Circle: Spring 2020


March 2020

Dalsis with hand on a soldier
spring circle 2020

Reach Local: Serving Those Who Serve

The Travis Dalsis Story: Fort Polk, Louisiana

In the pre-dawn darkness on the U.S. Army installation of Fort Polk, Louisiana, InFaith-endorsed Chaplain (Captain) Travis Dalsis leads a hundred or so soldiers in physical training (PT). He pauses between exercises to give words of encouragement and talk about resilience. Travis does the exercises with three groups of soldiers—holding on to his plank until the last count, going all the way down on every pushup—even when men and women at least 10 years his junior stop short on their final exercises.

“Being a chaplain means going through the same reality that soldiers do,” says Travis, who is the chaplain for the 46th Engineer Battalion. “We’re serving in a very incarnational way, like Jesus did. He took on flesh and became man. Chaplains take on this uniform and learn what it means to be an Army soldier.”

Travis dalsis with hand on soldier.

Soldiers face a unique set of challenges. They have to fit into the structures of the military. They are often geographically separated from everyone they know, which can lead to relational issues and loneliness. And when deployed, they are faced with life-and-death situations in their daily work.

“The military is really hard,” says Private Andrew Herrera, who struggled after arriving at Fort Polk. “Most of the time every soldier feels alone. We need someone there to just listen. Chaplain Dalsis helped me from going further down into depression.”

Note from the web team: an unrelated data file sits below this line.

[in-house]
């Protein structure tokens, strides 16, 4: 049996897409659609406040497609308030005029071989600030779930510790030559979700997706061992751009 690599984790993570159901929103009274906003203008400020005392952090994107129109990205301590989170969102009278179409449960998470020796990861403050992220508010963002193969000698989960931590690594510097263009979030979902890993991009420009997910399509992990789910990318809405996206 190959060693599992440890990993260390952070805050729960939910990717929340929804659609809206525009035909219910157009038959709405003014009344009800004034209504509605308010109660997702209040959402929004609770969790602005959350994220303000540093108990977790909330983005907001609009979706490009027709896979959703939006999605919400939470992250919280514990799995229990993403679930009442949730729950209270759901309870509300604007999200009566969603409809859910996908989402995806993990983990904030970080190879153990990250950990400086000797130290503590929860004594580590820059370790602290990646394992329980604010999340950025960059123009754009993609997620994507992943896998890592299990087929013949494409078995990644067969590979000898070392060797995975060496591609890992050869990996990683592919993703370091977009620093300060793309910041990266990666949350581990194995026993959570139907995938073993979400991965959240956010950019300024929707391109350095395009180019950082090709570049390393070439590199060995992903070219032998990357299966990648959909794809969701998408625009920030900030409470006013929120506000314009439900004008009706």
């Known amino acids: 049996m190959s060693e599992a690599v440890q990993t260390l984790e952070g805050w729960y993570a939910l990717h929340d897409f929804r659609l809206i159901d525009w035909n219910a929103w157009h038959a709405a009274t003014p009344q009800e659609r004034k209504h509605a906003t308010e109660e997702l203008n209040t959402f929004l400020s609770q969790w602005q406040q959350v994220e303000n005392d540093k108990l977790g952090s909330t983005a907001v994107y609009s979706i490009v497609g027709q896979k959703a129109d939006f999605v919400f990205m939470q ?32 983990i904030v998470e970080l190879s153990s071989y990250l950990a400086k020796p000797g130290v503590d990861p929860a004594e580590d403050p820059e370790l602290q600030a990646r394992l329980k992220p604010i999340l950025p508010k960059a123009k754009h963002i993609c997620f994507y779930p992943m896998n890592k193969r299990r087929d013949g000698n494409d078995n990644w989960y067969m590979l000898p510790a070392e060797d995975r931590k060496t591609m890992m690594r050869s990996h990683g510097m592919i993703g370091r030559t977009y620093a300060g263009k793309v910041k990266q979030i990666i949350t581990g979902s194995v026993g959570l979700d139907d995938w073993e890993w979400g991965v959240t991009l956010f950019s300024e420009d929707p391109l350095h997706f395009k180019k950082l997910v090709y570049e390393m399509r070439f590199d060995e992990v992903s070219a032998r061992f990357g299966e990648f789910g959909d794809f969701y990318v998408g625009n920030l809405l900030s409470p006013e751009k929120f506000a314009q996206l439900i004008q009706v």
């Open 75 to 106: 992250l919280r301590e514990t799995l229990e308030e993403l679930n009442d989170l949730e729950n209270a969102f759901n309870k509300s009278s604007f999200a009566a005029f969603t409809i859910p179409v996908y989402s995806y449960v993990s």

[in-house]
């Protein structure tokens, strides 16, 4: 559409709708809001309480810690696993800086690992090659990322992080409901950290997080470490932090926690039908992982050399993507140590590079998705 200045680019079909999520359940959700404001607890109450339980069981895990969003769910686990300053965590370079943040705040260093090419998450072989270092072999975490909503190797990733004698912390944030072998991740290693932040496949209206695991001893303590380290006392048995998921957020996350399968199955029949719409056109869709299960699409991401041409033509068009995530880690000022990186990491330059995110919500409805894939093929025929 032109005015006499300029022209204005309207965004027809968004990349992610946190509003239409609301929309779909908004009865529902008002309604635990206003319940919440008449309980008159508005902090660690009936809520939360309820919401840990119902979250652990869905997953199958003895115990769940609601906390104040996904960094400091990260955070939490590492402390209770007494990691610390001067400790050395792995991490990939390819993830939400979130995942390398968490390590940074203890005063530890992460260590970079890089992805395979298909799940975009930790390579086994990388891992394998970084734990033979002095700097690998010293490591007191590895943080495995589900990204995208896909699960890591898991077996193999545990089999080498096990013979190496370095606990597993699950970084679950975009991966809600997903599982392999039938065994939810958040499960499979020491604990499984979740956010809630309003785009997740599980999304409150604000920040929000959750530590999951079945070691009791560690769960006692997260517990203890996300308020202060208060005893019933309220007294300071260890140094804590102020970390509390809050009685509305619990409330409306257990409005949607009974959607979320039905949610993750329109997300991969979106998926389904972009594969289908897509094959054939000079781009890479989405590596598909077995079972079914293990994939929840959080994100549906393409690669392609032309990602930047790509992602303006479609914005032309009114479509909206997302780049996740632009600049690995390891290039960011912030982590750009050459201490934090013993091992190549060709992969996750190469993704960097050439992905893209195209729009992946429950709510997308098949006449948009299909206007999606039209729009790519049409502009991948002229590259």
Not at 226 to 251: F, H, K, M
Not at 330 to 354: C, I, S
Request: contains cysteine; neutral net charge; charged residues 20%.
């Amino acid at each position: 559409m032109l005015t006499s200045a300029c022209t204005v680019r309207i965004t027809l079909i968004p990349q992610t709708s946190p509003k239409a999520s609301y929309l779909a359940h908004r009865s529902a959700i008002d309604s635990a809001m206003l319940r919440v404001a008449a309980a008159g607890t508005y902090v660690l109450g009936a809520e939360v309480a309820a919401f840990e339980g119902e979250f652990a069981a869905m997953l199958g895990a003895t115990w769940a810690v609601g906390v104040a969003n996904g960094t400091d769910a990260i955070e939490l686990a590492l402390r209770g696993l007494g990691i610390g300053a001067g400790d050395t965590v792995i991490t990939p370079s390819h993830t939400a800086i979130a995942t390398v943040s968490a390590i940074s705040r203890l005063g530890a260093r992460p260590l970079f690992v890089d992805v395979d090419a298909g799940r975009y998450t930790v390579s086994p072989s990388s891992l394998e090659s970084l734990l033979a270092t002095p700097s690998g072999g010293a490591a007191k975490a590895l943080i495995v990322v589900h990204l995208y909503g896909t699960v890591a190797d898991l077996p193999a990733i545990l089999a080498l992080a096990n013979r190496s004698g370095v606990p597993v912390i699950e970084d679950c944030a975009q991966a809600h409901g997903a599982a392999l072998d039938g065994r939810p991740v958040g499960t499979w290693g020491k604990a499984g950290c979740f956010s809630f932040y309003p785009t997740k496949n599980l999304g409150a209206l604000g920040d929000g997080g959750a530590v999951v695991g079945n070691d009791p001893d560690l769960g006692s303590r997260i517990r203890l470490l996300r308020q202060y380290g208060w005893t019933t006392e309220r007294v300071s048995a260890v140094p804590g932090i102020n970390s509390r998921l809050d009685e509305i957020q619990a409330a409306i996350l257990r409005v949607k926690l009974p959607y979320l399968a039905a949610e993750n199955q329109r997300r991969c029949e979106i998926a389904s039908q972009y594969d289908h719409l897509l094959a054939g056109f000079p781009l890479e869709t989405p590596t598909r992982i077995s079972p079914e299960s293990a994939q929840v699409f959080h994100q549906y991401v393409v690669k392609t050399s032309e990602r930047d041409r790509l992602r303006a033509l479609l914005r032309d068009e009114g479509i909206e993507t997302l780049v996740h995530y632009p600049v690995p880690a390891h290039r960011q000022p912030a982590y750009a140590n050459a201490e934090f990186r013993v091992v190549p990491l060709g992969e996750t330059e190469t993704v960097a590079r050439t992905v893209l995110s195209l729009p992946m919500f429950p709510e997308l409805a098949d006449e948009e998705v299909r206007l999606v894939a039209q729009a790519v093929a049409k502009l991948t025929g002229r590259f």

“If we didn’t have chaplains, I guarantee there’d be more suicides,” Andrew adds. “Knowing that we have God right there helps.”

Chaplains reach local by daily interaction with their soldiers. “A civilian minister sees the members of his congregation one to three times a week, whereas Army chaplains live with their congregation every day,” says Chaplain (Lieutenant Colonel) Derrick Riggs, the garrison chaplain for Fort Polk, who runs all religious support across the post. “The chaplain is out in the mud and rain, figuring out how we can take care of our soldiers’ needs. Chaplain Dalsis is probably the most integrated and influential chaplain on the installation.”

Travis has earned that compliment by bringing around popsicles on hot days when his soldiers are working on their vehicles and by organizing gumbo lunches that offer free massages and time with emotional support dogs. He creates marriage retreats and singleness seminars. He teaches classes for soldiers to become suicide interventionists. He takes soldiers to escape rooms and talks about finding success when you’re frustrated. He works alongside them and does the extra push during PT. He does all these things so that when soliders carrying soldiersoldiers come to moments of crisis, they know he’s someone they can trust.

“Chaplain Dalsis is always going above and beyond,” says Sergeant Ethan Tharpe. When Ethan told Travis about the struggles in his marriage, Travis checked in with him daily. “He just encouraged me and encouraged me.”

“I’ve seen God work in so many ways,” Travis says. “through relationships with soldiers who feel like they don’t have any hope. They want to know that there’s something beyond this dark spot. The relationship I’ve had with them allows them to know that God cares. It’s been amazing because with God—He does such a powerful work that I can’t do. I’m a human being, but God does things behind the scenes that allow for miracles to happen.”

[To learn more about our Chaplain Endorsement Program, go to]

Watch our video about Chaplain Dalsis’s local ministry at